On Thursday, 18 June 2015 at 01:13:10 UTC, Chris Piker wrote:
 On Thursday, 28 May 2015 at 14:38:51 UTC, Manu wrote:
 [...]
About the only thing really holding me back is that the local sys-admins can't: $ yum install gcd
Can you install to $HOME ?
I can do that, but there are other developers in our group. We need to be able to build each other's software. Java, Python and C are accepted as standard languages around here and seem to cover all our needs. Since we have a "complete set" adding a new one would be met with resistance. Having command line tools available through standard software distribution channels would soften this resistance.
yum install ldc ?
Jun 18 2015
parent "Chris Piker" <chris hoopjump.com> writes:
On Thursday, 18 June 2015 at 16:10:09 UTC, rsw0x wrote:
 About the only thing really holding me back is that the 
 local sys-admins can't:

   $ yum install gcd
yum install ldc
Interesting. With the centos, epel, and rpmforge repositories enabled: $ yum search ldc gives nothing. Looks like only the fedora folks have this one. Plus, what problems would you have linking against code that was compiled with gcc? -- Chris
Jun 18 2015
prev sibling parent reply "Wyatt" <wyatt.epp gmail.com> writes:
On Thursday, 18 June 2015 at 16:04:05 UTC, Chris Piker wrote:
 On Thursday, 18 June 2015 at 10:17:49 UTC, lobo wrote:
 On Thursday, 18 June 2015 at 01:13:10 UTC, Chris Piker wrote:
 On Thursday, 28 May 2015 at 14:38:51 UTC, Manu wrote:
 [...]
About the only thing really holding me back is that the local sys-admins can't: $ yum install gcd
Can you install to $HOME ?
I can do that, but there are other developers in our group. We need to be able to build each other's software. Java, Python and C are accepted as standard languages around here and seem to cover all our needs. Since we have a "complete set" adding a new one would be met with resistance. Having command line tools available through standard software distribution channels would soften this resistance.
If DMD is sufficient, I'm not really any problems. Even FHS has your back. Sysadmin does this: cd /opt; wget http://downloads.dlang.org/releases/2.x/2.067.1/dmd.2.067.1.linux.zip -qO tmp.zip \ && unzip tmp.zip \ && rm tmp.zip \ && echo 'export PATH="${PATH}:/opt/dmd2/linux/bin64"' >> /etc/profile ...and voila. It might be kind of nice to have a "latest" symlink for the download (e.g. http://downloads.dlang.org/releases/latest/dmd.latest.zip), but that'd just be icing. Alternatively, ask have them make you a group-writable volume to use as a --prefix for everything that you might want (we ended up doing this because CantOS so strongly resembles LFS when you want to accomplish anything useful). Or have people add ~cpiker/bin (or whatever your HOME is) to their PATH in ~/.profile (or just add the path in your Makefiles, if you're feeling evil). It could certainly be better, but I wouldn't personally consider it a blocker as things are. -Wyatt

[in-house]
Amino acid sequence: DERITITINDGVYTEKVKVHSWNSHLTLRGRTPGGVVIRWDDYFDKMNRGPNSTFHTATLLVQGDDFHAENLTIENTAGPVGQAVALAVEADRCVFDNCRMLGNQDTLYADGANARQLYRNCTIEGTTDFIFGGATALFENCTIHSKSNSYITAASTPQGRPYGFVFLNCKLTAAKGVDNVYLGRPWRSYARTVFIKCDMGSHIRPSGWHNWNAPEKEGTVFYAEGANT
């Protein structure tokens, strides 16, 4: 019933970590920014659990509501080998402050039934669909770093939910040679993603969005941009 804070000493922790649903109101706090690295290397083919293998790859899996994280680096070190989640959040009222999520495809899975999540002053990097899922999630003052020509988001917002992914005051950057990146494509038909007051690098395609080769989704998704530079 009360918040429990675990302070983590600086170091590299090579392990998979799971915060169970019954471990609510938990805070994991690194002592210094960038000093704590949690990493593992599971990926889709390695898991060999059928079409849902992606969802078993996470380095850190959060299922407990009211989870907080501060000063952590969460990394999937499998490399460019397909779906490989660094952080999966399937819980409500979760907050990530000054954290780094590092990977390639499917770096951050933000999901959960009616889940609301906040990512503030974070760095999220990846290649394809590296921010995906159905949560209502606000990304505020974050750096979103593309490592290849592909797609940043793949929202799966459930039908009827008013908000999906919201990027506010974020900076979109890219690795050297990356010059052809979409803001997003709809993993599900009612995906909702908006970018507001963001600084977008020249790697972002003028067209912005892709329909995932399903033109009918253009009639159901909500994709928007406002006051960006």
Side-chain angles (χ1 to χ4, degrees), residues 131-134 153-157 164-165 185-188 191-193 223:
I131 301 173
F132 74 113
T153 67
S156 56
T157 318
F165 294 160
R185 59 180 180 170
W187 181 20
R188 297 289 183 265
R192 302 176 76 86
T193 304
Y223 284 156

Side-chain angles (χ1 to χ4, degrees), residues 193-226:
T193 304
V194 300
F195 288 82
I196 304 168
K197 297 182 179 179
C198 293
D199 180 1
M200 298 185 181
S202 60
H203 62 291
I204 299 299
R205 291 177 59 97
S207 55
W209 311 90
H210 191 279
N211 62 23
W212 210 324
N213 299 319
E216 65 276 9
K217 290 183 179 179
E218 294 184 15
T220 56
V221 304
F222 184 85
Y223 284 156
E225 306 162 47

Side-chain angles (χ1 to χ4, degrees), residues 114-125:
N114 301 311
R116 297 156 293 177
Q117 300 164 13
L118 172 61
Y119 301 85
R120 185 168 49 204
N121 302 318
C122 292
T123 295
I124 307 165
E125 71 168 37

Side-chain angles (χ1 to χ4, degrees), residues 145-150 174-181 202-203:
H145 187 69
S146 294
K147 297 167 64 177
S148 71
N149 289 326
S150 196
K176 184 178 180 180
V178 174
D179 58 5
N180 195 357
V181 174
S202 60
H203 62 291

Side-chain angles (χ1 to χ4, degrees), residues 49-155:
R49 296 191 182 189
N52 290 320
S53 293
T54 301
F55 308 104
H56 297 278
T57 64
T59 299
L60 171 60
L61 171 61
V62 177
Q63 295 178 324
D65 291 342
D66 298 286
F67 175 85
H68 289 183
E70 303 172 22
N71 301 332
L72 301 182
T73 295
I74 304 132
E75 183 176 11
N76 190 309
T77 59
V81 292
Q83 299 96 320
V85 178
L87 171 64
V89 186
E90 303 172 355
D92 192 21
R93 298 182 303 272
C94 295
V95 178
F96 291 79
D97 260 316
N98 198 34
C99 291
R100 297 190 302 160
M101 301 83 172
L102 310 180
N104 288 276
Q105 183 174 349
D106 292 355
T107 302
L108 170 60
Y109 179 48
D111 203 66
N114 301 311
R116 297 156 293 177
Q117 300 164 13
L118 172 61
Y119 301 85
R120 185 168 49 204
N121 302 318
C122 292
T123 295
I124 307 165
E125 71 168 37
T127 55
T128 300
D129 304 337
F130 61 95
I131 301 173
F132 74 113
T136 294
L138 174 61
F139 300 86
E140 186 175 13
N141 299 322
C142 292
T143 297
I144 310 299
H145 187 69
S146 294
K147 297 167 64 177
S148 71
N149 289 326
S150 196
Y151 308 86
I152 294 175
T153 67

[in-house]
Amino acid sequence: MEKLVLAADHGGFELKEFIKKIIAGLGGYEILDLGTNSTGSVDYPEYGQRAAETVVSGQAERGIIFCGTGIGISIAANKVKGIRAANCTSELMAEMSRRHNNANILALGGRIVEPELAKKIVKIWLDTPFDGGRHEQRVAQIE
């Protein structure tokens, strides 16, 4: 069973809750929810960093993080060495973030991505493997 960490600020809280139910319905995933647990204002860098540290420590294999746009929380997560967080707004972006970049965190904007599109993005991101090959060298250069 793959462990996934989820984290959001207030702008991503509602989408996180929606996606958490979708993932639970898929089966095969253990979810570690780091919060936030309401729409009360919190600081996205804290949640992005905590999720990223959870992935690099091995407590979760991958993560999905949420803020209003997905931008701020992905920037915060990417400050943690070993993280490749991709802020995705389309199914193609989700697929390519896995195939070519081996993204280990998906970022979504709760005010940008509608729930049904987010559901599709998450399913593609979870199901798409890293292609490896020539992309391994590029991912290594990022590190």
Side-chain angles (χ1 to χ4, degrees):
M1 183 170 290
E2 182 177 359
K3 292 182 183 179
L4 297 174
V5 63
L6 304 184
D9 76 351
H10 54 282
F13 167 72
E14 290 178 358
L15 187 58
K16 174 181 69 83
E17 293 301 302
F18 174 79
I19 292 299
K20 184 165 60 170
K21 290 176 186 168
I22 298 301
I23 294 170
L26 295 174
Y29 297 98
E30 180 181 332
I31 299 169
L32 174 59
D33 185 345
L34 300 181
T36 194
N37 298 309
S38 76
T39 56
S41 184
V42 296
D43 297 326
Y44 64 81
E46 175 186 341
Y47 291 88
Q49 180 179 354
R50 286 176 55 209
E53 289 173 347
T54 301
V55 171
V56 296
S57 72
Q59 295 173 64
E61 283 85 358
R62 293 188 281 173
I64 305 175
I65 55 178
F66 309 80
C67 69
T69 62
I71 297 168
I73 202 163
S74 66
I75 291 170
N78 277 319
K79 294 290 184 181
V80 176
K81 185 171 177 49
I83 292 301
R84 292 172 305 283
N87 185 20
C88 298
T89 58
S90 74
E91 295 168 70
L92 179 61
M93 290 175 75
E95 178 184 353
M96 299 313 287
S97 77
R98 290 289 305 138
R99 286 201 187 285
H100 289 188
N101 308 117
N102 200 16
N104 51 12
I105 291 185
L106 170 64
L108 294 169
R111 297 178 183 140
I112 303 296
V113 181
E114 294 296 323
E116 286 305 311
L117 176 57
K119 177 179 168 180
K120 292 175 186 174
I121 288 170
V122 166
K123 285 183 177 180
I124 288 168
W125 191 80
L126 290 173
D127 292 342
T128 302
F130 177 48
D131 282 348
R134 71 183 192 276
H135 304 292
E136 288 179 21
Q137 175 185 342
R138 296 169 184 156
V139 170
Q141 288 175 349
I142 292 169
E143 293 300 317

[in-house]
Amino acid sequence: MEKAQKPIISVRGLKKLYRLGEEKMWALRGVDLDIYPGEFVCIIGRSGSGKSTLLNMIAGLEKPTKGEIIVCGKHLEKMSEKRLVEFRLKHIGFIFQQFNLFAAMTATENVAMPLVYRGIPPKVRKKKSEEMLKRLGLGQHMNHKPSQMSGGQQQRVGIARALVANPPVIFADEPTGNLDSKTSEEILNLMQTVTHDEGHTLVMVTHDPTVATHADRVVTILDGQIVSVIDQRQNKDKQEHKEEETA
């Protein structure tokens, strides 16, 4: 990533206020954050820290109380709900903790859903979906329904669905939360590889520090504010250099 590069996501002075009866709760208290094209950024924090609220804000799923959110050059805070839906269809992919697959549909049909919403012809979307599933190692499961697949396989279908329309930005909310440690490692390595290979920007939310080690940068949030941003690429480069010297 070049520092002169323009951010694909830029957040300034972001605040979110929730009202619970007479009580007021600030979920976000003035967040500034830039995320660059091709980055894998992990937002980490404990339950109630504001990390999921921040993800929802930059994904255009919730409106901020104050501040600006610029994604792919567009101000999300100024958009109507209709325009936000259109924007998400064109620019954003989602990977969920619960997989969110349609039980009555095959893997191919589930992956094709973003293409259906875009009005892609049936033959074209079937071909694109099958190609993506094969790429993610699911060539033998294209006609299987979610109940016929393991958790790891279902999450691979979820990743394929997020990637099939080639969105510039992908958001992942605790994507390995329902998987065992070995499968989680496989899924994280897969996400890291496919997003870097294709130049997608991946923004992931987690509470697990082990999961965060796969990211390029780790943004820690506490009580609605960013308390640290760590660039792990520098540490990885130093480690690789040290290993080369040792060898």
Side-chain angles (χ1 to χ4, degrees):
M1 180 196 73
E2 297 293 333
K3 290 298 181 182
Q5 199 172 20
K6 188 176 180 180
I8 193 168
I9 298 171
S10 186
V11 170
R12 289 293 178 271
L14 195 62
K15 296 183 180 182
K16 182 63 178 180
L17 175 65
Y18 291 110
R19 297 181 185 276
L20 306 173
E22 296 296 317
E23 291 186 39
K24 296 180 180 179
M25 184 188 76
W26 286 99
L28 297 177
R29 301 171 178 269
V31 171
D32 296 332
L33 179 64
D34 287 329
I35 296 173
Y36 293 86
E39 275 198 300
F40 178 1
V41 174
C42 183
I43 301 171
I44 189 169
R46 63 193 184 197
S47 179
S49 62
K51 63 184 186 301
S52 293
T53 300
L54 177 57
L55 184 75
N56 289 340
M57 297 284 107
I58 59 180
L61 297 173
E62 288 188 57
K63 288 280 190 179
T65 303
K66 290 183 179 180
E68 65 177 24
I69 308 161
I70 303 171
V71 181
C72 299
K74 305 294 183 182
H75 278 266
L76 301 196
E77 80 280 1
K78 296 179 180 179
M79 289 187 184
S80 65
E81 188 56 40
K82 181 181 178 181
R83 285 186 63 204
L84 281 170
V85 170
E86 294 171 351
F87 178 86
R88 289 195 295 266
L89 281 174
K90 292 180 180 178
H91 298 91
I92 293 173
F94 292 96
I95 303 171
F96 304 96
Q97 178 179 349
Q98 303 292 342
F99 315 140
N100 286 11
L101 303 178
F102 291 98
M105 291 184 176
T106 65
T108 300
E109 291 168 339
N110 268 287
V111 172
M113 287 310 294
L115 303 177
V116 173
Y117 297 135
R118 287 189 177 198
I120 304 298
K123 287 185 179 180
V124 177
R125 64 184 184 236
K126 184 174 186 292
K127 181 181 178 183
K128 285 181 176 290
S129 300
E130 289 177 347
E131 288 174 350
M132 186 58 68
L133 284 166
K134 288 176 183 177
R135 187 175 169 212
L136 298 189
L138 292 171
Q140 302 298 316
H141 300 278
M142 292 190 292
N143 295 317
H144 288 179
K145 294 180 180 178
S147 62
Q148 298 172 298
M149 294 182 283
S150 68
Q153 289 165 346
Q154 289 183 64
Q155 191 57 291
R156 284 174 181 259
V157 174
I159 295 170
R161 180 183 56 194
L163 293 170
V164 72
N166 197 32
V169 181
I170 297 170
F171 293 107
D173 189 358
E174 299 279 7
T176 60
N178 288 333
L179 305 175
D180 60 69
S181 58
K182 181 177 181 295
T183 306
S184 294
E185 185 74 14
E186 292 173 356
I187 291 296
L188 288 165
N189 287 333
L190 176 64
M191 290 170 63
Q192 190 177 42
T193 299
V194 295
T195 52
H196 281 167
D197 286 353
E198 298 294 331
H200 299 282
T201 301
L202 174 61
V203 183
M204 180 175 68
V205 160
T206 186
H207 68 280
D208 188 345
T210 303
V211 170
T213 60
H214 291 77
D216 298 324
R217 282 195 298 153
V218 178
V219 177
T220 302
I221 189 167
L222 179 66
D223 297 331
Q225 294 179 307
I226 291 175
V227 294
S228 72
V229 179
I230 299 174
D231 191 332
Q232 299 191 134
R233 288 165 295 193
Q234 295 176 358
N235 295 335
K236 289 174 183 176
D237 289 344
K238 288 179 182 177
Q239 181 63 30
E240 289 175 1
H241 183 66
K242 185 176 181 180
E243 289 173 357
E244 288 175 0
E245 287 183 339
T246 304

Jun 18 2015
parent "Chris Piker" <chris hoopjump.com> writes:
On Thursday, 18 June 2015 at 20:09:58 UTC, Wyatt wrote:
 If DMD is sufficient, I'm not really any problems.  Even FHS 
 has your back.  Sysadmin does this:
 ...
Cool! Found it: $ yum search dmd dmd.x86_64 : Digital Mars D Compiler Hum, wheels will start turning now... Thanks guys! -- Chris
Jun 18 2015
prev sibling next sibling parent reply "Poyeyo" <poyeyo arcadechaser.com> writes:
On Thursday, 28 May 2015 at 14:38:51 UTC, Manu wrote:
 I've been using D in all my personal projects for years now, 
 but I
 lament coding C at work every day, and I pine for salvation.
 I seem to have reasonable influence in my workplaces, and I 
 suspect I
 could have my workplace adopt D, but when considering the 
 notion with
 other staff, we always seem to encounter hard blockers to 
 migration
 that stop us in our tracks.

 [...]
Lack of a complete MySQL driver. No DECIMAL support that I know of. Lack of MySQL support in vibe.d.
Jul 15 2015
next sibling parent reply Nick Sabalausky <SeeWebsiteToContactMe semitwist.com> writes:
On 07/15/2015 12:06 PM, Poyeyo wrote:
 Lack of a complete MySQL driver. No DECIMAL support that I know of. Lack
 of MySQL support in vibe.d.
Please file any issues you may have with mysql-native here: https://github.com/mysql-d/mysql-native Or ping any existing issues that you may need to ping.
Jul 15 2015
parent reply "Kagamin" <spam here.lot> writes:
On Wednesday, 15 July 2015 at 18:57:35 UTC, Nick Sabalausky wrote:
 On 07/15/2015 12:06 PM, Poyeyo wrote:
 Lack of a complete MySQL driver. No DECIMAL support that I 
 know of. Lack
 of MySQL support in vibe.d.
Please file any issues you may have with mysql-native here: https://github.com/mysql-d/mysql-native Or ping any existing issues that you may need to ping.
https://github.com/mysql-d/mysql-native/issues/39 ?
Jul 16 2015
parent Nick Sabalausky <SeeWebsiteToContactMe semitwist.com> writes:
On 07/16/2015 04:56 AM, Kagamin wrote:
 On Wednesday, 15 July 2015 at 18:57:35 UTC, Nick Sabalausky wrote:
 On 07/15/2015 12:06 PM, Poyeyo wrote:
 Lack of a complete MySQL driver. No DECIMAL support that I know of. Lack
 of MySQL support in vibe.d.